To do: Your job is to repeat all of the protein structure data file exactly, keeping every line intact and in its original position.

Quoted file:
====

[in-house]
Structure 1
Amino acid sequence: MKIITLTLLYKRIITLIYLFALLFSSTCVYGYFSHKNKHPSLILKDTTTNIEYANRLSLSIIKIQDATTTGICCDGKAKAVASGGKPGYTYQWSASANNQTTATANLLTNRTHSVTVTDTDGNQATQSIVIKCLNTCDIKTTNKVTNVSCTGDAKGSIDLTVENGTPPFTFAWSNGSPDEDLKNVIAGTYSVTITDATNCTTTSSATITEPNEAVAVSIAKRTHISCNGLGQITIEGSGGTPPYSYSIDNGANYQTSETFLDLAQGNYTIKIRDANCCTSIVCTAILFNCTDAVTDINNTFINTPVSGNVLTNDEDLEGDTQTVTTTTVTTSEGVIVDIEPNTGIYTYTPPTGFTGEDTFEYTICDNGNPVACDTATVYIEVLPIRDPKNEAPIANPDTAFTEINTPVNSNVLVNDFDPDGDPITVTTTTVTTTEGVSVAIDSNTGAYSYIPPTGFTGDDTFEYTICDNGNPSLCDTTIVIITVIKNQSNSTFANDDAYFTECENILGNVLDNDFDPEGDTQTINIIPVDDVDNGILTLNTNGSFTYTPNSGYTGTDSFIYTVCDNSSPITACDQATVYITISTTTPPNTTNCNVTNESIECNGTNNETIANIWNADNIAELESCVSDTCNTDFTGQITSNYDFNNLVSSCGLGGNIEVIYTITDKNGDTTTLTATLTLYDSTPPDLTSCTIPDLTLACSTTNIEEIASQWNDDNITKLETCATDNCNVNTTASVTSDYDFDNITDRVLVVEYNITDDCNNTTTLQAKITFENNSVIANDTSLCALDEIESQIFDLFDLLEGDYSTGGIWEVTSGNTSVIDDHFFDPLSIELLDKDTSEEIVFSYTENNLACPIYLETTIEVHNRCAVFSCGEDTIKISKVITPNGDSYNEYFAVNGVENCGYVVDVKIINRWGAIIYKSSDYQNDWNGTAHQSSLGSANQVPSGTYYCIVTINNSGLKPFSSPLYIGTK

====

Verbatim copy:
[in-house]
Structure 1
Amino acid sequence: MKIITLTLLYKRIITLIYLFALLFSSTCVYGYFSHKNKHPSLILKDTTTNIEYANRLSLSIIKIQDATTTGICCDGKAKAVASGGKPGYTYQWSASANNQTTATANLLTNRTHSVTVTDTDGNQATQSIVIKCLNTCDIKTTNKVTNVSCTGDAKGSIDLTVENGTPPFTFAWSNGSPDEDLKNVIAGTYSVTITDATNCTTTSSATITEPNEAVAVSIAKRTHISCNGLGQITIEGSGGTPPYSYSIDNGANYQTSETFLDLAQGNYTIKIRDANCCTSIVCTAILFNCTDAVTDINNTFINTPVSGNVLTNDEDLEGDTQTVTTTTVTTSEGVIVDIEPNTGIYTYTPPTGFTGEDTFEYTICDNGNPVACDTATVYIEVLPIRDPKNEAPIANPDTAFTEINTPVNSNVLVNDFDPDGDPITVTTTTVTTTEGVSVAIDSNTGAYSYIPPTGFTGDDTFEYTICDNGNPSLCDTTIVIITVIKNQSNSTFANDDAYFTECENILGNVLDNDFDPEGDTQTINIIPVDDVDNGILTLNTNGSFTYTPNSGYTGTDSFIYTVCDNSSPITACDQATVYITISTTTPPNTTNCNVTNESIECNGTNNETIANIWNADNIAELESCVSDTCNTDFTGQITSNYDFNNLVSSCGLGGNIEVIYTITDKNGDTTTLTATLTLYDSTPPDLTSCTIPDLTLACSTTNIEEIASQWNDDNITKLETCATDNCNVNTTASVTSDYDFDNITDRVLVVEYNITDDCNNTTTLQAKITFENNSVIANDTSLCALDEIESQIFDLFDLLEGDYSTGGIWEVTSGNTSVIDDHFFDPLSIELLDKDTSEEIVFSYTENNLACPIYLETTIEVHNRCAVFSCGEDTIKISKVITPNGDSYNEYFAVNGVENCGYVVDVKIINRWGAIIYKSSDYQNDWNGTAHQSSLGSANQVPSGTYYCIVTINNSGLKPFSSPLYIGTK